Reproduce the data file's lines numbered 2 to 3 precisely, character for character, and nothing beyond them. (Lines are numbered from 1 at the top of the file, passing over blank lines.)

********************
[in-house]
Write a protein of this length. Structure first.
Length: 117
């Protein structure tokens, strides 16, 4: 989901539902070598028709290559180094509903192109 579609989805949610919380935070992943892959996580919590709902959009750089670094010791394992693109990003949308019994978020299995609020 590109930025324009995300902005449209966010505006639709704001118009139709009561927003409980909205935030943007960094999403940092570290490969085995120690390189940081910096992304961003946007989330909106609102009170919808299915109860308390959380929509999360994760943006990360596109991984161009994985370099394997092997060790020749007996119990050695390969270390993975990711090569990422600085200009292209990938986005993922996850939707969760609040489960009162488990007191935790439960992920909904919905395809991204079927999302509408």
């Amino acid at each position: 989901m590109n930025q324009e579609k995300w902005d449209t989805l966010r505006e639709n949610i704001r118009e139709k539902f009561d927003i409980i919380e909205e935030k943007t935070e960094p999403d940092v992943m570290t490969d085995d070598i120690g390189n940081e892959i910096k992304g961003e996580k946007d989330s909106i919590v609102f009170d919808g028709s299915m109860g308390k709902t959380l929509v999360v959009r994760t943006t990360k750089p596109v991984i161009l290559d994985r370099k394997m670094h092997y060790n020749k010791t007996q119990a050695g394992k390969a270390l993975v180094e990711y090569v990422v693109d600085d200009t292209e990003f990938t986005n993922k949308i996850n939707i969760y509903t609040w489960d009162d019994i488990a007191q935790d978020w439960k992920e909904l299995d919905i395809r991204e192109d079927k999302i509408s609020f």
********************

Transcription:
Write a protein of this length. Structure first.
Length: 117